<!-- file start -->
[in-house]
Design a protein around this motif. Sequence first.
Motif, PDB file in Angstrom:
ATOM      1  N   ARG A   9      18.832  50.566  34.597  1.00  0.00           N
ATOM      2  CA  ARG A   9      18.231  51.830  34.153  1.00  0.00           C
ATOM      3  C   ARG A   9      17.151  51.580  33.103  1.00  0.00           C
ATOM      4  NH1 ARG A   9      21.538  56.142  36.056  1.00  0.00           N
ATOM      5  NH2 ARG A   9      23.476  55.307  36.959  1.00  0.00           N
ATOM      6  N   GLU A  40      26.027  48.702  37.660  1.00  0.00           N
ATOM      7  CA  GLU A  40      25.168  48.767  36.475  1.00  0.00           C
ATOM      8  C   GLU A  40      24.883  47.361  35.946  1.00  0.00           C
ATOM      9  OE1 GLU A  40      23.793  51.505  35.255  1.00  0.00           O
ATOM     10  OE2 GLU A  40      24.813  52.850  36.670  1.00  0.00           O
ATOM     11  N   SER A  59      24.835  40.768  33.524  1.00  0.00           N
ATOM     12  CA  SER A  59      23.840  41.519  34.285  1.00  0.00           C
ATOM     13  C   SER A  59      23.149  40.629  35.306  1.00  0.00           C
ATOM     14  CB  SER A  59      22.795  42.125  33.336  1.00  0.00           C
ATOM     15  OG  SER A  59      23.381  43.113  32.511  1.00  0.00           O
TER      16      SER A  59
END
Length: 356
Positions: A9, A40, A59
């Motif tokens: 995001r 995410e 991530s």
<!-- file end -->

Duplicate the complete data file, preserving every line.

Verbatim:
[in-house]
Design a protein around this motif. Sequence first.
Motif, PDB file in Angstrom:
ATOM      1  N   ARG A   9      18.832  50.566  34.597  1.00  0.00           N
ATOM      2  CA  ARG A   9      18.231  51.830  34.153  1.00  0.00           C
ATOM      3  C   ARG A   9      17.151  51.580  33.103  1.00  0.00           C
ATOM      4  NH1 ARG A   9      21.538  56.142  36.056  1.00  0.00           N
ATOM      5  NH2 ARG A   9      23.476  55.307  36.959  1.00  0.00           N
ATOM      6  N   GLU A  40      26.027  48.702  37.660  1.00  0.00           N
ATOM      7  CA  GLU A  40      25.168  48.767  36.475  1.00  0.00           C
ATOM      8  C   GLU A  40      24.883  47.361  35.946  1.00  0.00           C
ATOM      9  OE1 GLU A  40      23.793  51.505  35.255  1.00  0.00           O
ATOM     10  OE2 GLU A  40      24.813  52.850  36.670  1.00  0.00           O
ATOM     11  N   SER A  59      24.835  40.768  33.524  1.00  0.00           N
ATOM     12  CA  SER A  59      23.840  41.519  34.285  1.00  0.00           C
ATOM     13  C   SER A  59      23.149  40.629  35.306  1.00  0.00           C
ATOM     14  CB  SER A  59      22.795  42.125  33.336  1.00  0.00           C
ATOM     15  OG  SER A  59      23.381  43.113  32.511  1.00  0.00           O
TER      16      SER A  59
END
Length: 356
Positions: A9, A40, A59
């Motif tokens: 995001r 995410e 991530s």